Scientists estimate that, at any time, there are ten quintillion insects on the earth – or, to put the figure in more comprehensible terms, more than 200 million insects for every human being. This is a sobering statistic to contemplate for the legions who share the sentiment expressed in the Book of Leviticus: “All flying insects that creep on all fours shall be an abomination to you.” It is, however, a useful reminder of the extent to which our world is made up of such creatures. And since (to quote Edward Hirsch’s A Poet’s Glossary
), “the natural world has been one of the recurring subjects of poetry, frequently the primary one, in every age and every country,” it is no surprise that there is a rich body of verse on the creeping, scuttling, stinging things – Hexapoda, to use the proper entomological term – with which we share our planet.
That insects can serve as a suitable subject for poetry would come as no surprise to any child familiar with the various nursery rhymes about lady bugs, glowworms, and spiders (nitpickers like to point out that,strictly speaking, spiders aren’t bugs, but try telling that to Little Miss Muffet). Cultures other than our own have centuries-old traditions of insect verse. In China –where noblewomen of the Tang dynasty kept crickets in gold cages to serenade them at night – countless songs were written in praise of these “insect musicians.” The haiku masters of Japan similarly composed thousands of poems not only about crickets but also about grasshoppers, cicadas, firefl ies, dragonflies, and butterflies,along with such less prepossessing bugs as houseflies, fleas, and mosquitoes.
In the West, poems about insects date back t othe ancient Greek collection known as the Garland, compiled by the poet anthologist Meleager. In later centuries, insects feature so frequently in British works from the Elizabethan period onward that scholars have produced entire entomological studies of the literature (most notably, Pearl Faulkner Eddy’s “Insects in English Poetry,” subtitled “Bugs in Books,” a delightful forty-page survey that appeared in two successive issues of The Scientific Monthly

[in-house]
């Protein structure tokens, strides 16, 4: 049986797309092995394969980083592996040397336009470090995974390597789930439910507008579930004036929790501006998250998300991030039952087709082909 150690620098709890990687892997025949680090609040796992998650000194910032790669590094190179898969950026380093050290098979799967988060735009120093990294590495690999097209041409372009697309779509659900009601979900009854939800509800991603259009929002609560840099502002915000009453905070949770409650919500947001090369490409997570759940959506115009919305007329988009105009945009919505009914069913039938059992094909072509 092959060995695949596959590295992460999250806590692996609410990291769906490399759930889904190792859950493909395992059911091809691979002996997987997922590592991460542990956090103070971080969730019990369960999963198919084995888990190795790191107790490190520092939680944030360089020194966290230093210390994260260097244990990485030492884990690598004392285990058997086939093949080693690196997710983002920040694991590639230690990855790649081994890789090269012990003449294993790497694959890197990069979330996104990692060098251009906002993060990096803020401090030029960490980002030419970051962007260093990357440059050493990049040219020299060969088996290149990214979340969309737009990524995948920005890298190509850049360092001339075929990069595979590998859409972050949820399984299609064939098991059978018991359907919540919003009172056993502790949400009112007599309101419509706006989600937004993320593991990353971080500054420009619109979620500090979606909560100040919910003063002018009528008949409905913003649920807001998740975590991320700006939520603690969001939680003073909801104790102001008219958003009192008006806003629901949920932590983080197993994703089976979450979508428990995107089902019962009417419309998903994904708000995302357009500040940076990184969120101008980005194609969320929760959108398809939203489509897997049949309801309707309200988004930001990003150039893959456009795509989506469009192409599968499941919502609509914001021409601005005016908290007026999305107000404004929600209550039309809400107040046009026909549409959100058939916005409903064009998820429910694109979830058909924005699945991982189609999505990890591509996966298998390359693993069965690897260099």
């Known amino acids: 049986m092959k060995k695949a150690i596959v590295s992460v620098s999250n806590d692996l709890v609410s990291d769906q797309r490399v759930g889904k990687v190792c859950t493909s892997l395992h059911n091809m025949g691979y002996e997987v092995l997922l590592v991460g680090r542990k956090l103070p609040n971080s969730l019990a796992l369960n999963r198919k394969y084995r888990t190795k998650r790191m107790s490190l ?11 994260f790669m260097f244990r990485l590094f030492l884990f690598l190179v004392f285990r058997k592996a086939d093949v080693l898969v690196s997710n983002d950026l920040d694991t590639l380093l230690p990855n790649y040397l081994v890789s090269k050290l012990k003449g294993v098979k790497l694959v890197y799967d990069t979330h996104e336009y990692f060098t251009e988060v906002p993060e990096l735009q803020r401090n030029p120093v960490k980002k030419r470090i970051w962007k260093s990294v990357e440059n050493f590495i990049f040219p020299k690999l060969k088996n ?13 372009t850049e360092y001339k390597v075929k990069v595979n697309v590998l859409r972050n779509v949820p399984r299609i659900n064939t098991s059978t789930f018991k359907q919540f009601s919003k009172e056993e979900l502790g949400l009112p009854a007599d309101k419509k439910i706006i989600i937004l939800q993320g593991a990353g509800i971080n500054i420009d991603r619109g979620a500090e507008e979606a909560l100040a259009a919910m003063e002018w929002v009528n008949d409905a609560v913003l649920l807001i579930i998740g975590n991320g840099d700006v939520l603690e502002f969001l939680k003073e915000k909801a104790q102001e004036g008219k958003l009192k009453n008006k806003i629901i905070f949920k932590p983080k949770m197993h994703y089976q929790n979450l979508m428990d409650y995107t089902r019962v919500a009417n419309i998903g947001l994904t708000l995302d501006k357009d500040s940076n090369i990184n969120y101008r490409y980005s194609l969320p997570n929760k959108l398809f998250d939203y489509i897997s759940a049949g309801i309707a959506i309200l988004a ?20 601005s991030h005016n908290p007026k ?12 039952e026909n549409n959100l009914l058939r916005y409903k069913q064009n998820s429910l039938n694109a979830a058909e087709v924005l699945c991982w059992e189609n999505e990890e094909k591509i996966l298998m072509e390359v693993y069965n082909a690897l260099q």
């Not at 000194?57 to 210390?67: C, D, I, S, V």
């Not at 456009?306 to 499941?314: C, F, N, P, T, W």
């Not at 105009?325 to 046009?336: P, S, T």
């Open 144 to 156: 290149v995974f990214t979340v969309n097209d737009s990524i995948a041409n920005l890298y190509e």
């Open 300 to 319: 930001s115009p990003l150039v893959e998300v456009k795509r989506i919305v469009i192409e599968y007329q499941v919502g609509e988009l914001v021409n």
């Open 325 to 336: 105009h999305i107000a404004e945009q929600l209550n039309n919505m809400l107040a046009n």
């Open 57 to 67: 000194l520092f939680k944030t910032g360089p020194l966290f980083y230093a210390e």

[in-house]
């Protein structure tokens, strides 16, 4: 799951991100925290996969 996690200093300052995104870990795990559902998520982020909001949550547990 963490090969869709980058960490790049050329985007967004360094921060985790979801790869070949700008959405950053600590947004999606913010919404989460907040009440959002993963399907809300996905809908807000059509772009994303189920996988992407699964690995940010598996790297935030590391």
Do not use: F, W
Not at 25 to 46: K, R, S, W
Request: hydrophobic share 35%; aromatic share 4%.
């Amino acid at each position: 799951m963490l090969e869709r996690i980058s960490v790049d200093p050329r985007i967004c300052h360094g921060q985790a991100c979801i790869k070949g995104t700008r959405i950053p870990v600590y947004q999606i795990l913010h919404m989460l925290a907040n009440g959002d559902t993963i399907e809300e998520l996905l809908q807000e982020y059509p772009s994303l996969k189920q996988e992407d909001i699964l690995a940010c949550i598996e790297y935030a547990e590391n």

in 1931). Insects appear in American literature beginning with the work of Philip Freneau – aka “The Father of American Poetry”– and extending to the sequence of bee poems in Sylvia Plath’s Ariel
and up to the present moment.
Though his métier was prose, not poetry, the great French entomologist, Jean Henri Fabre, wrote so brilliantly on his subject that Victor Hugo dubbed him the “Homer of Insects” and Provençal poet Frédéric Mistral campaigned for his nomination for the 1911 Nobel Prize in literature. Addressing the reader in his 1918 book, The Life and Love of the Insect
, Fabre asks, “What is the use of this history, what the use of all this minute research?” and responds with characteristic wit and eloquence: “I well know that it will not produce a fall in the price of pepper, a rise in that of crates of rotten cabbages, or other serious events of this kind, which cause fleets to be manned and set people face to face intent upon one another’s extermination. The insect does not aim at so much glory. It confines itself to showing us life in the inexhaustible variety of its manifestations; it helps us decipher in some small measure the obscurest book of all, the book of ourselves.”
Though the poems in this volume vary widely inregard to style, tone, genre, and theme, that recognition of the insect’s significance to our lives informs them all.
--Kimiko Hahn and Harold Schechter
Copyright © 2021 by Edited by Kimiko Hahn and Harold Schechter. All rights reserved. No part of this excerpt may be reproduced or reprinted without permission in writing from the publisher.